Crossing the Scotia Sea

Feb 07, 2018 - National Geographic Orion

After four busy days at South Georgia we had a very relaxed day at sea. The sea started off rather bumpy and continued to build throughout the day which gave us some extra time to relax in bed.  Thankfully most of us didn’t have to work in the swell, unlike much of the crew who had to keep on working through, particularly the galley staff who were kept busy preparing food for meals.

For the guests the day started with a lecture by Tom Ritchie on Shackleton, the man who became a legend. Many onboard had already shown a keen interest in Shackleton, so the talk was great to fill in some of the blanks guests may have had about Shackleton.

After lunch, Conor gave his talk on “The Life of a Whaler.” For many decades, South Georgia was a very important island for whale hunting, with reports that whalers didn’t even need to leave the bays of the whaling stations for the first year of whaling because there were so many whales.

The sea continued to build throughout the afternoon and outdoor decks were closed for safety reasons. After dinner, Jonathan and Rich did a short critique session on some images guests had submitted for appraisal from the first half of the trip.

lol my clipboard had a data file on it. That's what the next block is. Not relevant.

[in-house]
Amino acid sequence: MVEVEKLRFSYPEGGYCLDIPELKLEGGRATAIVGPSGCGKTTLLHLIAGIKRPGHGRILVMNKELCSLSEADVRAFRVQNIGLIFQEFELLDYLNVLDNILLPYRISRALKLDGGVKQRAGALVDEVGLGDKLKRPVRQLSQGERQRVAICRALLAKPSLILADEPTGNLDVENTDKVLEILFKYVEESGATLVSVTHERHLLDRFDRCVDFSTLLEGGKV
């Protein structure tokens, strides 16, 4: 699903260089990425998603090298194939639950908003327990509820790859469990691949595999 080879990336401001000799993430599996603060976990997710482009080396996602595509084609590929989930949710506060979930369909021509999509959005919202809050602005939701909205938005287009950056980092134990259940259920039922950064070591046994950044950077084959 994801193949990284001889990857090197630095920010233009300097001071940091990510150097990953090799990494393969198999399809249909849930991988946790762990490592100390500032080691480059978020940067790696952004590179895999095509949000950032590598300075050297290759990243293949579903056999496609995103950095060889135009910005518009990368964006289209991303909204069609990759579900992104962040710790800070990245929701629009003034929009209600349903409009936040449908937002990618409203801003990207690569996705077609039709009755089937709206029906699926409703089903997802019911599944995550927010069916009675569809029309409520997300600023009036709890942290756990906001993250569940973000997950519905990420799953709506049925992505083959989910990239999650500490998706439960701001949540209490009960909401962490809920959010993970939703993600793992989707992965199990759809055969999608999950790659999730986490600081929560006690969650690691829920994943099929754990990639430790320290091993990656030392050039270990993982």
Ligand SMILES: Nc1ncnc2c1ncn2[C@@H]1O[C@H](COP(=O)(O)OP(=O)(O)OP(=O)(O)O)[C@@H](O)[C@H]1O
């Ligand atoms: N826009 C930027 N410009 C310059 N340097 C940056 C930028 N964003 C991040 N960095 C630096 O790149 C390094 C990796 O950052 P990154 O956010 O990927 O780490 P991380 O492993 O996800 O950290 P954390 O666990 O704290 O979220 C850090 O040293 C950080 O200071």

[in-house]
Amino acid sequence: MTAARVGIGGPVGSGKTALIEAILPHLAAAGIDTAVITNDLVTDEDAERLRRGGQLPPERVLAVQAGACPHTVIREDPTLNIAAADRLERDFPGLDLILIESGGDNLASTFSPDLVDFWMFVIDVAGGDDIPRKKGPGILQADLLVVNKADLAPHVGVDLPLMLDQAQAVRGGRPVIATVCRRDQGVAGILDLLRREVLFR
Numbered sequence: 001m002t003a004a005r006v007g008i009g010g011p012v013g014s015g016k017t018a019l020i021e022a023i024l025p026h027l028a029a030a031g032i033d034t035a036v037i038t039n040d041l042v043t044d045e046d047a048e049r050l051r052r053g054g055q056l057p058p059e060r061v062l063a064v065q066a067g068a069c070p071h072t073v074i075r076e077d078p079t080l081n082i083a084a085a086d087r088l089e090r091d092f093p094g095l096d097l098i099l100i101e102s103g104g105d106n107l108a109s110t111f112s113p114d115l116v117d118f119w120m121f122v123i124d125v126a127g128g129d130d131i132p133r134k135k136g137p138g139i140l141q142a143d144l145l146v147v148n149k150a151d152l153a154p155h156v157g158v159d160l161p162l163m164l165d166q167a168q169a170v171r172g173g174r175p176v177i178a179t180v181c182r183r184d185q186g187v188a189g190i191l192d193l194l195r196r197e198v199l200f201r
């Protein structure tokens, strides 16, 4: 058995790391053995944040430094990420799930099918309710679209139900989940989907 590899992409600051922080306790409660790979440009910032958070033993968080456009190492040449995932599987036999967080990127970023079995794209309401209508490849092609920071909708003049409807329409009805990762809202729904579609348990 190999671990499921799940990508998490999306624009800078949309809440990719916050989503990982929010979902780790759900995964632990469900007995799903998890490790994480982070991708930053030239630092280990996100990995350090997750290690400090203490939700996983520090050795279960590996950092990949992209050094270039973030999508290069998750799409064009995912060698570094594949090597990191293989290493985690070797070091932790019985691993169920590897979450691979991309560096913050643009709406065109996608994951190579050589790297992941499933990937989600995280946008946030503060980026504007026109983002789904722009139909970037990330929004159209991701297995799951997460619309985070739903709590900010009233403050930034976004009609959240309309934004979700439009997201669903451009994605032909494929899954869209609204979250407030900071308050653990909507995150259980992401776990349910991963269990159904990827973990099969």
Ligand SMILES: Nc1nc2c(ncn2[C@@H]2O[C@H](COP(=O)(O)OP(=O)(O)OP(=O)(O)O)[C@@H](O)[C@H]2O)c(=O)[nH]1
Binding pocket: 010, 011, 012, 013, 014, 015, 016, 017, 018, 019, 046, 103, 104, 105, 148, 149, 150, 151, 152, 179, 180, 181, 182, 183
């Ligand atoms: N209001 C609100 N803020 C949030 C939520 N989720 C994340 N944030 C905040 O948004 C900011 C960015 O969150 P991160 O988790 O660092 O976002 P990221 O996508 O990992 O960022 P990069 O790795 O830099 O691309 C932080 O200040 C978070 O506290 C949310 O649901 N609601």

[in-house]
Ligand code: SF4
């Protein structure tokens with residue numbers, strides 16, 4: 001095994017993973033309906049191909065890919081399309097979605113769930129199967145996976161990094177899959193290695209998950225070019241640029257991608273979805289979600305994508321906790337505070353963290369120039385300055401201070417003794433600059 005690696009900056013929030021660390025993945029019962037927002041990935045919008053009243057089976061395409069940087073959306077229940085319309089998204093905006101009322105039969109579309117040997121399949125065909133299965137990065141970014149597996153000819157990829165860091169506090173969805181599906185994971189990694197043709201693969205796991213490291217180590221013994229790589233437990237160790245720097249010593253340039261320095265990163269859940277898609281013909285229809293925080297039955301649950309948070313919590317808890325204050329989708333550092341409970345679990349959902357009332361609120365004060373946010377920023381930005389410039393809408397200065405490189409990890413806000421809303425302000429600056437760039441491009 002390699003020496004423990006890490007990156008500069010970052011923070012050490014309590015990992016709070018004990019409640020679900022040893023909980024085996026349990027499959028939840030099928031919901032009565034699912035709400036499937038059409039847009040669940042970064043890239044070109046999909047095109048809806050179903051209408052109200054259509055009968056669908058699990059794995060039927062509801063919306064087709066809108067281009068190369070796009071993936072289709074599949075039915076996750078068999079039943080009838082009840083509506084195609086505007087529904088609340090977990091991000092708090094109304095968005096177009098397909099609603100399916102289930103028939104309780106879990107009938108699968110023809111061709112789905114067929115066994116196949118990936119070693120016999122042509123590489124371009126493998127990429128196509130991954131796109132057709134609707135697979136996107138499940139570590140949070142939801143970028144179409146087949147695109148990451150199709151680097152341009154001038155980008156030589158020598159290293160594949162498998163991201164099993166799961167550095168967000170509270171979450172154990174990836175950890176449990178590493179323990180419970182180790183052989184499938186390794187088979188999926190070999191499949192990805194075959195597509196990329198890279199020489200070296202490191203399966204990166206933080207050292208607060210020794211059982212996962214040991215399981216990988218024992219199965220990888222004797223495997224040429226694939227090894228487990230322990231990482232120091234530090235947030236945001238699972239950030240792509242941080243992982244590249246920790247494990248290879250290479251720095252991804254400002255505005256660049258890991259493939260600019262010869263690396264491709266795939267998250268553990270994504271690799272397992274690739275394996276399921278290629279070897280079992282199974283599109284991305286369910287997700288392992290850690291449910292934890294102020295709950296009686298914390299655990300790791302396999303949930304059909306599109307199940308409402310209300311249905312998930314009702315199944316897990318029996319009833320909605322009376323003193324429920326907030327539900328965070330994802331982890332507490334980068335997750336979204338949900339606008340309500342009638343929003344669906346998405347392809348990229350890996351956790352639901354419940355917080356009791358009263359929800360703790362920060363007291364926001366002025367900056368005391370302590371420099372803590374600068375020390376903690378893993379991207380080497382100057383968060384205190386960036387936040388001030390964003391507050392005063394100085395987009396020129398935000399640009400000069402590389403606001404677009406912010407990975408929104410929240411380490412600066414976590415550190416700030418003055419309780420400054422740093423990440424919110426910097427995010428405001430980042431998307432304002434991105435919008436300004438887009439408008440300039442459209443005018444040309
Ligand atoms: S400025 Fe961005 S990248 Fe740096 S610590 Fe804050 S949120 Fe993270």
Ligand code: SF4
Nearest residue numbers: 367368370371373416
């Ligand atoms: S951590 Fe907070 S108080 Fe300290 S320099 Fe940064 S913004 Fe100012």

• Send

About the Author

Peter Webster

Naturalist/Expedition Diver

Born in Scotland, Peter became fascinated with nature and wildlife from a very young age. This early interest led to him earning a degree in conservation biology followed shortly after by an M.Sc in marine and fisheries ecology. He is currently studying for another M.Sc in digital mapping. After working as a commercial diver for several years Peter was offered the position of Field Diving Officer with the British Antarctic Survey in 2012. He then spent the next 16 months in the Antarctic, stationed at Rothera Research Station, on the peninsula where he managed the dive operations and a team of scientific divers working on a wide range of research on climate change, ocean acidification, and increased seabed disturbance by icebergs. As well as diving Peter also spent several months in the Antarctic deep field working in aircraft operations, depot laying, and meteorological work whilst living in tents in conditions below -30oC. 

Get our newsletter

Join us for updates, insider reports & special offers.

Privacy Policy